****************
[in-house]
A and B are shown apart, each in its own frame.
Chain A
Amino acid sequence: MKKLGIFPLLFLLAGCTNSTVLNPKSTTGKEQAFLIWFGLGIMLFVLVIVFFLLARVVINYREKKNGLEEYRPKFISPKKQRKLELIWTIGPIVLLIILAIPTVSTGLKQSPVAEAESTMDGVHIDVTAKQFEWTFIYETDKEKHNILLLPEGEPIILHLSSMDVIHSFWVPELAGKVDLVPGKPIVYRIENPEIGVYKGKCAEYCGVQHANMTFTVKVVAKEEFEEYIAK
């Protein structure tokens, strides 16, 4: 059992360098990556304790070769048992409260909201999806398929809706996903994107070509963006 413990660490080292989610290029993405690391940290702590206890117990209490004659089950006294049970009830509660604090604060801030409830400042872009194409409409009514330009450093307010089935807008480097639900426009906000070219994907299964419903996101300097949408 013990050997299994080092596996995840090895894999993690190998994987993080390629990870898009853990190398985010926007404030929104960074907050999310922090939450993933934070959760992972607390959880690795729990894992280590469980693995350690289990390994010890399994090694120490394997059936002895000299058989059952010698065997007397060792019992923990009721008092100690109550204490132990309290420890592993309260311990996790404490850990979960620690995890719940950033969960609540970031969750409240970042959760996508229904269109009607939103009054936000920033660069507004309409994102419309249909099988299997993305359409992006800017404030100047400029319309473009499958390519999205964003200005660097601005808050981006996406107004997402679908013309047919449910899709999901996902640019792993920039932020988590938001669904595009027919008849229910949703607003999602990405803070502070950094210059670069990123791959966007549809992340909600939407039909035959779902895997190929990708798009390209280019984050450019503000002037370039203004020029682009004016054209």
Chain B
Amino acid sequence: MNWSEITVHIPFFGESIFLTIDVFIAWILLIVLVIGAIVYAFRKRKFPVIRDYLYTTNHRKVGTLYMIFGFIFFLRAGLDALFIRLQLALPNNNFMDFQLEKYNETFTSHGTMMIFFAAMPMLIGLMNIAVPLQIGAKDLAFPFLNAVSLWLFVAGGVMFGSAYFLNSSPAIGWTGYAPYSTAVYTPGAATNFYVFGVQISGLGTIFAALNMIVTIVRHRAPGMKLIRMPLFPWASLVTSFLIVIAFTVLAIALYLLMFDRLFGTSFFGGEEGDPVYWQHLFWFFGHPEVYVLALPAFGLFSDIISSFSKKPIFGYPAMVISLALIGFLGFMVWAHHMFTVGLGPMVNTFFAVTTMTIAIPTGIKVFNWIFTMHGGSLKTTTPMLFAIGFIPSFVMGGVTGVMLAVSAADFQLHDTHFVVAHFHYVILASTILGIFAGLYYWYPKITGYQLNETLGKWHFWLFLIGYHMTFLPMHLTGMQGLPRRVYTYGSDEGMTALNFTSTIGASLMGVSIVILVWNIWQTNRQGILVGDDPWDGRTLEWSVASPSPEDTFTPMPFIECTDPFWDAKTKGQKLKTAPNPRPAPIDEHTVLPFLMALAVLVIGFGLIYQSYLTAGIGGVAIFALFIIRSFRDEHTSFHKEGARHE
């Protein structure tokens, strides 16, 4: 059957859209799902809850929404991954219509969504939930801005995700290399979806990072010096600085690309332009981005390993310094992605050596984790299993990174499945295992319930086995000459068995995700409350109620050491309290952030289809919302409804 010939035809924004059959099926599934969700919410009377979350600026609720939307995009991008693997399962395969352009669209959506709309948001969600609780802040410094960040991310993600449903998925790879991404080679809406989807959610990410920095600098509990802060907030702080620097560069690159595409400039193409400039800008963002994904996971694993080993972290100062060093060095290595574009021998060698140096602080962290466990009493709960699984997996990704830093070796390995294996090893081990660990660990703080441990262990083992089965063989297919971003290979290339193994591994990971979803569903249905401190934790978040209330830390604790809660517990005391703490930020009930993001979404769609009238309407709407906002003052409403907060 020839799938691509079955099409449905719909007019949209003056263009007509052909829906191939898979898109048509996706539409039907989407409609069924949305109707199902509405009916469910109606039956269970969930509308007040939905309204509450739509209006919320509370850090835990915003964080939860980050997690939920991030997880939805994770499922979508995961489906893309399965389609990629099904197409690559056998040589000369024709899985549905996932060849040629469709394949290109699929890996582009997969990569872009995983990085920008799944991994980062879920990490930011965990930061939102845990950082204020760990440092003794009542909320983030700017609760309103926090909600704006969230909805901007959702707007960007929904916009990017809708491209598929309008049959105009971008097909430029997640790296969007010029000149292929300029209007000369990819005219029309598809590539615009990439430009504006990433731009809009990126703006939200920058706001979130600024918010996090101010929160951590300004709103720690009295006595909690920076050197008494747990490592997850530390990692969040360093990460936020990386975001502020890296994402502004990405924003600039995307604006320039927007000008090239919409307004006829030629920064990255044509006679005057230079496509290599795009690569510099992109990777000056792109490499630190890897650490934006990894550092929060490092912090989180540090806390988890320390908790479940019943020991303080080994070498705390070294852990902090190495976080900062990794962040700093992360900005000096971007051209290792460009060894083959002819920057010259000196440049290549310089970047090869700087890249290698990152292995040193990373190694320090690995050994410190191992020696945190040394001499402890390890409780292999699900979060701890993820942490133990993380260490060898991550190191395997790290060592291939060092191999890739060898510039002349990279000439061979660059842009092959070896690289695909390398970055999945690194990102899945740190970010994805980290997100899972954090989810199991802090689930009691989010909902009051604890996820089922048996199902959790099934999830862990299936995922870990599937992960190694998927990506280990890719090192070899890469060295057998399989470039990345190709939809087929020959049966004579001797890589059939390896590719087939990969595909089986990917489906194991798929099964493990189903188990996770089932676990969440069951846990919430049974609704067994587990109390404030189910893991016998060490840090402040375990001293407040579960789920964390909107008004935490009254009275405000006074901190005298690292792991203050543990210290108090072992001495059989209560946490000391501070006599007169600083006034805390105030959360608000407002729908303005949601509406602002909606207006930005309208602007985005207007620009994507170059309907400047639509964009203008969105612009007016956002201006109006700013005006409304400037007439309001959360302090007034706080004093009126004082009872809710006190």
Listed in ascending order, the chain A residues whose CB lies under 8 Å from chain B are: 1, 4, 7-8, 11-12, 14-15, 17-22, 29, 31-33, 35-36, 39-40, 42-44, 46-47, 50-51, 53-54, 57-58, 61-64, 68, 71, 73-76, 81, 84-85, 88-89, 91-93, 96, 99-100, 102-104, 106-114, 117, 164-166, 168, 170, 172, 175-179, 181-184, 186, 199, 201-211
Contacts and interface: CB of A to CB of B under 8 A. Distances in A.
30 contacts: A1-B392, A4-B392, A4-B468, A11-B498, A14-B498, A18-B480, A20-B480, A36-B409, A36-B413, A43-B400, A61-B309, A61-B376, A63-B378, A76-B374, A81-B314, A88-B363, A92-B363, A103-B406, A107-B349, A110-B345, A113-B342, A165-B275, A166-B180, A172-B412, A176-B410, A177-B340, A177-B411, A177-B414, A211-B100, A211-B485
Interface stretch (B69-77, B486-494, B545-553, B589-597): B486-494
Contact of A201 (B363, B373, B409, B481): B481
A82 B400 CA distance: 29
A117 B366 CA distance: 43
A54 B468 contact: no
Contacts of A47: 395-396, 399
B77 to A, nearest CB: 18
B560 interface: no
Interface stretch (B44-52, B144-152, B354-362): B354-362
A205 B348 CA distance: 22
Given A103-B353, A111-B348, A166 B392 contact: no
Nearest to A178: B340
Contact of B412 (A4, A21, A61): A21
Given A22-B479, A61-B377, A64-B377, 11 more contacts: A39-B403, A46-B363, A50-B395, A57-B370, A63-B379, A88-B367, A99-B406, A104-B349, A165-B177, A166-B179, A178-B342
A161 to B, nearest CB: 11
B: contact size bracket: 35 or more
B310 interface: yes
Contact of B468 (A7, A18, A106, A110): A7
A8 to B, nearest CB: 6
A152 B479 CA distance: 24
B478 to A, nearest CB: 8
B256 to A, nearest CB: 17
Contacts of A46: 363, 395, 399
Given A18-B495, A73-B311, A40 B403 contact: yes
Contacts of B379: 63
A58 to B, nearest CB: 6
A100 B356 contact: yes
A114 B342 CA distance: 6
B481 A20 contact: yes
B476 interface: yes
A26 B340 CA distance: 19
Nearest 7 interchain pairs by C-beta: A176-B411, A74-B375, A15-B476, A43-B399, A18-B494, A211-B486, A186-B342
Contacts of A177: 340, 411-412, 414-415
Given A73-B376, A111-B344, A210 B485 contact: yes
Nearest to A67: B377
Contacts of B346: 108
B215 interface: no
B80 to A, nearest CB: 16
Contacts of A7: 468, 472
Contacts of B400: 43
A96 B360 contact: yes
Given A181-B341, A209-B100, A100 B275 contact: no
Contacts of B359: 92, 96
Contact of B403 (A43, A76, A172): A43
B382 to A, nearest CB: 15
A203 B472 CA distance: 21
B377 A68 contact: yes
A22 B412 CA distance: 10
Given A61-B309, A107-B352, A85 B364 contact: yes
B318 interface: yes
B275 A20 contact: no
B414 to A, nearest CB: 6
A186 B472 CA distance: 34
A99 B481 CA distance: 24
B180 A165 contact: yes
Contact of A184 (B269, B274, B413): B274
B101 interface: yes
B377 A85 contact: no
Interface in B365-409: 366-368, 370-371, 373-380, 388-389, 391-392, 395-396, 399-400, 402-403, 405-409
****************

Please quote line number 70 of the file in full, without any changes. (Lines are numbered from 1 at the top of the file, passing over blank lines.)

Interface in B365-409: 366-368, 370-371, 373-380, 388-389, 391-392, 395-396, 399-400, 402-403, 405-409